The Chesapeake last year gained nearly 6,000 acres of the “underwater meadows” that provide the critical food and habitat for the fish, waterfowl and crabs that depend on the Bay.

In general, scientists credited the rebound with better water quality, which stemmed in large part from lower-than-normal flows into the Bay during 1997.

Overall, grass coverage increased by 5,770 acres — or 9 percent — to 69,238 acres, according to an annual aerial survey conduced for the Bay Program by the Virginia Institute of Marine Science.

That’s a huge increase from the record low of slightly less than 40,000 acres observed in 1984, but still only a fraction of the estimated 600,000 acres of grasses that once covered the bottom of the Bay.

The increases were not evenly divided. Grass acreage increased by 27 percent in the upper Bay, 8 percent in the mid-Bay, and 3 percent in the lower Bay. But in the Tangier Sound area, grasses declined by 14 percent — the fifth straight year of losses in that location.

During those years, water-quality monitoring has shown a worsening trend for sunlight-blocking sediment in Tangier Sound, said Peter Bergstrom, a biologist with the U.S Fish & Wildlife Service’s Chesapeake Bay Field Office and the chair of the Bay Program’s Submerged Aquatic Vegetation Workgroup.

“Most of that could be locally generated from shoreline erosion,” Bergstrom said. “That certainly seems to be part of the problem.”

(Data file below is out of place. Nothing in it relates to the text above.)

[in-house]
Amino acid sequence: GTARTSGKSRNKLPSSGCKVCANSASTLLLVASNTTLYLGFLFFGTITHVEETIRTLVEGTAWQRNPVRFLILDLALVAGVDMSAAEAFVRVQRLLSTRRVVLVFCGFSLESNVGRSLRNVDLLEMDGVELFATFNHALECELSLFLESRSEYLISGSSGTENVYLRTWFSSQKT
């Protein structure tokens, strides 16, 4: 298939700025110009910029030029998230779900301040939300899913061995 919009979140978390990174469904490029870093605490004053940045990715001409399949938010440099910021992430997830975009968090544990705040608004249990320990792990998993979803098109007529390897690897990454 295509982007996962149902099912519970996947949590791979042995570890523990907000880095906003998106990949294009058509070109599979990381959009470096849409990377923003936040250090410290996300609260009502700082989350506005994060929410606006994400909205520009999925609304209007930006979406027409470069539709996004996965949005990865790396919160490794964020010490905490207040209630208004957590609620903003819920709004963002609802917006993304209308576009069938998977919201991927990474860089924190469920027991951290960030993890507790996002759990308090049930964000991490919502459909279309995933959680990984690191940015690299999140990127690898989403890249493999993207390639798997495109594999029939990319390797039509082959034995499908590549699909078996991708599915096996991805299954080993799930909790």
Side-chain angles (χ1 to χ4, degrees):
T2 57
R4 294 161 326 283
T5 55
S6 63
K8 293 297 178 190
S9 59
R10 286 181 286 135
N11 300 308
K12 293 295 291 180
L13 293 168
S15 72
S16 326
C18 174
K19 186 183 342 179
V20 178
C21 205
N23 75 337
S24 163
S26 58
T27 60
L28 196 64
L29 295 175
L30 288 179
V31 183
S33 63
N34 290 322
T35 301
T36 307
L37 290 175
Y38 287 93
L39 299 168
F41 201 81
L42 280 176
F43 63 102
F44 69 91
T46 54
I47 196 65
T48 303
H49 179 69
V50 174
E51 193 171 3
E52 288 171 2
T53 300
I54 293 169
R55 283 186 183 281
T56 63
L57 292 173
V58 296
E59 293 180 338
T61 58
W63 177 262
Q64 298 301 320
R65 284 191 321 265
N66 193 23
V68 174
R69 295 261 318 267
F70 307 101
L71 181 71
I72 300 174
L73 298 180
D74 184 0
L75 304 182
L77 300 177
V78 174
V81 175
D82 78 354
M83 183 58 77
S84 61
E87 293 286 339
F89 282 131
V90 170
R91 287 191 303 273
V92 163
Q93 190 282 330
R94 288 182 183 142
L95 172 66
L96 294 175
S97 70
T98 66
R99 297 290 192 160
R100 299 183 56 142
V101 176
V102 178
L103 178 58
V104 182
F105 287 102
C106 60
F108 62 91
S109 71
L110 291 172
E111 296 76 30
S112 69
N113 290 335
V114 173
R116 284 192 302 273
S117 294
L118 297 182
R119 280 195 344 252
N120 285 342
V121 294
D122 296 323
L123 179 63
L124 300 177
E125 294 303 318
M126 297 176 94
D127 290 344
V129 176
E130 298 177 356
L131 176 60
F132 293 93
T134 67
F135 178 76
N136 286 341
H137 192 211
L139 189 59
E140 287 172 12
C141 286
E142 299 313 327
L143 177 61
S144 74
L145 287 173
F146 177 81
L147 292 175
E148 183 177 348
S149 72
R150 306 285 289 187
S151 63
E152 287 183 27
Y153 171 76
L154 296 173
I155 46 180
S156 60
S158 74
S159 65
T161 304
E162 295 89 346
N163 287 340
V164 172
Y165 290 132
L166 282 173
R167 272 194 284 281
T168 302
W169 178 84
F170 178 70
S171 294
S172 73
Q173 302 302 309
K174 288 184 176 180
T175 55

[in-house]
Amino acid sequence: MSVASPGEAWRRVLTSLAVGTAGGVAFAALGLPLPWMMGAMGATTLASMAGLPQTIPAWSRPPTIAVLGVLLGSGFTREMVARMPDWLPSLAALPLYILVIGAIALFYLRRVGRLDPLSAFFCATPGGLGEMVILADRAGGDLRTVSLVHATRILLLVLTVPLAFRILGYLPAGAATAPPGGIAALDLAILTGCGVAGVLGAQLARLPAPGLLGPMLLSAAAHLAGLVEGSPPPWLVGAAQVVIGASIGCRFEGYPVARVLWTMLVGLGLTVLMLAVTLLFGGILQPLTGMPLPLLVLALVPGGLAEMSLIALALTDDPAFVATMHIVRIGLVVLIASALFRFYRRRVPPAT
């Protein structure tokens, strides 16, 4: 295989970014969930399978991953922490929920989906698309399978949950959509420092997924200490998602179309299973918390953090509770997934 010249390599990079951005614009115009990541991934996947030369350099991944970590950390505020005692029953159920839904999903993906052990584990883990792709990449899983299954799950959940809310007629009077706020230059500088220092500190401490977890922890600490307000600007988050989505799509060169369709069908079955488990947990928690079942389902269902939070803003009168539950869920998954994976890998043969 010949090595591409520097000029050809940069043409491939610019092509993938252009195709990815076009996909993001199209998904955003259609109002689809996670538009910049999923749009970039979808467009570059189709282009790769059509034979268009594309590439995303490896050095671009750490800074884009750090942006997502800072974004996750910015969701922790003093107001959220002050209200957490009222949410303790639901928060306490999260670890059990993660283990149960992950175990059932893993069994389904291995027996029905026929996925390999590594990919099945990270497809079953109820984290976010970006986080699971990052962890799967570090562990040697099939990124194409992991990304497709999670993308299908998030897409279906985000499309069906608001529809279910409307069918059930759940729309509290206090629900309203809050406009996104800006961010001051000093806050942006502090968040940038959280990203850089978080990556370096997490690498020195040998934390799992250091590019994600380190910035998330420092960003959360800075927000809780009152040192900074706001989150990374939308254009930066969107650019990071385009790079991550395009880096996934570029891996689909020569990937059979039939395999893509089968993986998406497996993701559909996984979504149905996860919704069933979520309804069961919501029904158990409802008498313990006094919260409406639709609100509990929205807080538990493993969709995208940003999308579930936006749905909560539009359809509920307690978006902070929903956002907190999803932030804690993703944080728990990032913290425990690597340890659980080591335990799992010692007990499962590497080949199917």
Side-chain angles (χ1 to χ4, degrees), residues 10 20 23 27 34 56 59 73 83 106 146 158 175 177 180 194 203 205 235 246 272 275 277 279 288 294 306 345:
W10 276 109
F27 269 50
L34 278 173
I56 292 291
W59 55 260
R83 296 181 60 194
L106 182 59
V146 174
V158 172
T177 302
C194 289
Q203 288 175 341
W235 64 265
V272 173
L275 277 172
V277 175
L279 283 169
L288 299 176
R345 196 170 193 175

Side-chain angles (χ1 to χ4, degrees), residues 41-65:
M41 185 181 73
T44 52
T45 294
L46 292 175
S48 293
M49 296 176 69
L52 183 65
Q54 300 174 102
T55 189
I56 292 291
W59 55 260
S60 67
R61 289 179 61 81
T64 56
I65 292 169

Elsewhere in the Bay, grass recovery was aided by lower-than-normal flows into the Bay from its major tributaries. Low flows generally result in improved water quality because they carry less sediment and less nutrients.

Excess amounts of the nutrients phosphorus and nitrogen spur algae blooms which, like sediment, block the amount of sunlight reaching the grasses.

The amount of underwater grasses in the Bay declined sharply in recent decades as the amount of nutrients and sediment in the water increased. Grasses have rebounded slowly since 1984, but remain short of the Bay Program’s goal of restoring 114,000 acres by 2005.

Underwater grasses have increasingly been viewed as one of the Bay’s most important habitats. They are important food for waterfowl and provide habitat for juvenile fish, crabs and other species. In addition, they help protect shorelines from erosion and can help filter the water.

Because of the increased importance being placed on grass beds, both Maryland and Virginia have taken action to protect the beds from certain clam-harvesting techniques that can damage grass beds. SAV planting efforts are also under way in both states.